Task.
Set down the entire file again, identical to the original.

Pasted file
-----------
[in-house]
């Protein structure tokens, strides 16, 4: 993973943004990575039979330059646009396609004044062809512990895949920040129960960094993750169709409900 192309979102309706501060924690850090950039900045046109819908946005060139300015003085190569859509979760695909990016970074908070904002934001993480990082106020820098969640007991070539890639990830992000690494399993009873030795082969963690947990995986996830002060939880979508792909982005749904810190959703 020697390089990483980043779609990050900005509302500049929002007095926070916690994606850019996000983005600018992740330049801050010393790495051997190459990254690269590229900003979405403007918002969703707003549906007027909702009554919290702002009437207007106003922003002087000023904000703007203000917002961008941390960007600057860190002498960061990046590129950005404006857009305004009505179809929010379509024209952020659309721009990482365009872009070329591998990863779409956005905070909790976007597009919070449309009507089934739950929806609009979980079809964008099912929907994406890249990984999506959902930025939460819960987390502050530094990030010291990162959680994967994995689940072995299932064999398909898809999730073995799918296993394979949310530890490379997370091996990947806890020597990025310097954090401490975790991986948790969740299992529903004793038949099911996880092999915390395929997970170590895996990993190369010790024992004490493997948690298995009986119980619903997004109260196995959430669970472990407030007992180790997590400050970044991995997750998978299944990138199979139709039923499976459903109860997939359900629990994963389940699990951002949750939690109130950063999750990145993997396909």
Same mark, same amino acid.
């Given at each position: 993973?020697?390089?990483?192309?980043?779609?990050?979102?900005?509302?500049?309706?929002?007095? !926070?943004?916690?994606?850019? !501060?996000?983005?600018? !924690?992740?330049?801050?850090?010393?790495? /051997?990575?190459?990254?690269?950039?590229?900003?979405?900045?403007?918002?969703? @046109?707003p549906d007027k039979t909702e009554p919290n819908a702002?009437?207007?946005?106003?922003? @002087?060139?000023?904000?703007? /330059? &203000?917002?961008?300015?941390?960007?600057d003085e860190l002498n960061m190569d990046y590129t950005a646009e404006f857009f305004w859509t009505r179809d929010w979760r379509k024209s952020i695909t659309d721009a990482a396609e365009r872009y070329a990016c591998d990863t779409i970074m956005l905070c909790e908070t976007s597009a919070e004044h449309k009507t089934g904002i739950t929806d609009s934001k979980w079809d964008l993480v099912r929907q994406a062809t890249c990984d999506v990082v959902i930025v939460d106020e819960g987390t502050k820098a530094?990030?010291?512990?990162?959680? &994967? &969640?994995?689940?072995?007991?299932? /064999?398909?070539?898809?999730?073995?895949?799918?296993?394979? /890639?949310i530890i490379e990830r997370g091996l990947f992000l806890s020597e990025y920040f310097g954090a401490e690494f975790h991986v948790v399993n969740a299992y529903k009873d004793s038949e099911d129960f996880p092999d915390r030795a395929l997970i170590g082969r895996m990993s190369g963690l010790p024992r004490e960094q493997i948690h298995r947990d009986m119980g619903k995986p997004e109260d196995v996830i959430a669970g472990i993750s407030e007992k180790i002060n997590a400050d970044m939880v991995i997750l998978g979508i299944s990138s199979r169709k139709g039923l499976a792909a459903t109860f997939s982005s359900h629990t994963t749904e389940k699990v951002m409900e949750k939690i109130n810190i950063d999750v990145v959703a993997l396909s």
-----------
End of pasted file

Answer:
[in-house]
């Protein structure tokens, strides 16, 4: 993973943004990575039979330059646009396609004044062809512990895949920040129960960094993750169709409900 192309979102309706501060924690850090950039900045046109819908946005060139300015003085190569859509979760695909990016970074908070904002934001993480990082106020820098969640007991070539890639990830992000690494399993009873030795082969963690947990995986996830002060939880979508792909982005749904810190959703 020697390089990483980043779609990050900005509302500049929002007095926070916690994606850019996000983005600018992740330049801050010393790495051997190459990254690269590229900003979405403007918002969703707003549906007027909702009554919290702002009437207007106003922003002087000023904000703007203000917002961008941390960007600057860190002498960061990046590129950005404006857009305004009505179809929010379509024209952020659309721009990482365009872009070329591998990863779409956005905070909790976007597009919070449309009507089934739950929806609009979980079809964008099912929907994406890249990984999506959902930025939460819960987390502050530094990030010291990162959680994967994995689940072995299932064999398909898809999730073995799918296993394979949310530890490379997370091996990947806890020597990025310097954090401490975790991986948790969740299992529903004793038949099911996880092999915390395929997970170590895996990993190369010790024992004490493997948690298995009986119980619903997004109260196995959430669970472990407030007992180790997590400050970044991995997750998978299944990138199979139709039923499976459903109860997939359900629990994963389940699990951002949750939690109130950063999750990145993997396909």
Same mark, same amino acid.
């Given at each position: 993973?020697?390089?990483?192309?980043?779609?990050?979102?900005?509302?500049?309706?929002?007095? !926070?943004?916690?994606?850019? !501060?996000?983005?600018? !924690?992740?330049?801050?850090?010393?790495? /051997?990575?190459?990254?690269?950039?590229?900003?979405?900045?403007?918002?969703? @046109?707003p549906d007027k039979t909702e009554p919290n819908a702002?009437?207007?946005?106003?922003? @002087?060139?000023?904000?703007? /330059? &203000?917002?961008?300015?941390?960007?600057d003085e860190l002498n960061m190569d990046y590129t950005a646009e404006f857009f305004w859509t009505r179809d929010w979760r379509k024209s952020i695909t659309d721009a990482a396609e365009r872009y070329a990016c591998d990863t779409i970074m956005l905070c909790e908070t976007s597009a919070e004044h449309k009507t089934g904002i739950t929806d609009s934001k979980w079809d964008l993480v099912r929907q994406a062809t890249c990984d999506v990082v959902i930025v939460d106020e819960g987390t502050k820098a530094?990030?010291?512990?990162?959680? &994967? &969640?994995?689940?072995?007991?299932? /064999?398909?070539?898809?999730?073995?895949?799918?296993?394979? /890639?949310i530890i490379e990830r997370g091996l990947f992000l806890s020597e990025y920040f310097g954090a401490e690494f975790h991986v948790v399993n969740a299992y529903k009873d004793s038949e099911d129960f996880p092999d915390r030795a395929l997970i170590g082969r895996m990993s190369g963690l010790p024992r004490e960094q493997i948690h298995r947990d009986m119980g619903k995986p997004e109260d196995v996830i959430a669970g472990i993750s407030e007992k180790i002060n997590a400050d970044m939880v991995i997750l998978g979508i299944s990138s199979r169709k139709g039923l499976a792909a459903t109860f997939s982005s359900h629990t994963t749904e389940k699990v951002m409900e949750k939690i109130n810190i950063d999750v990145v959703a993997l396909s």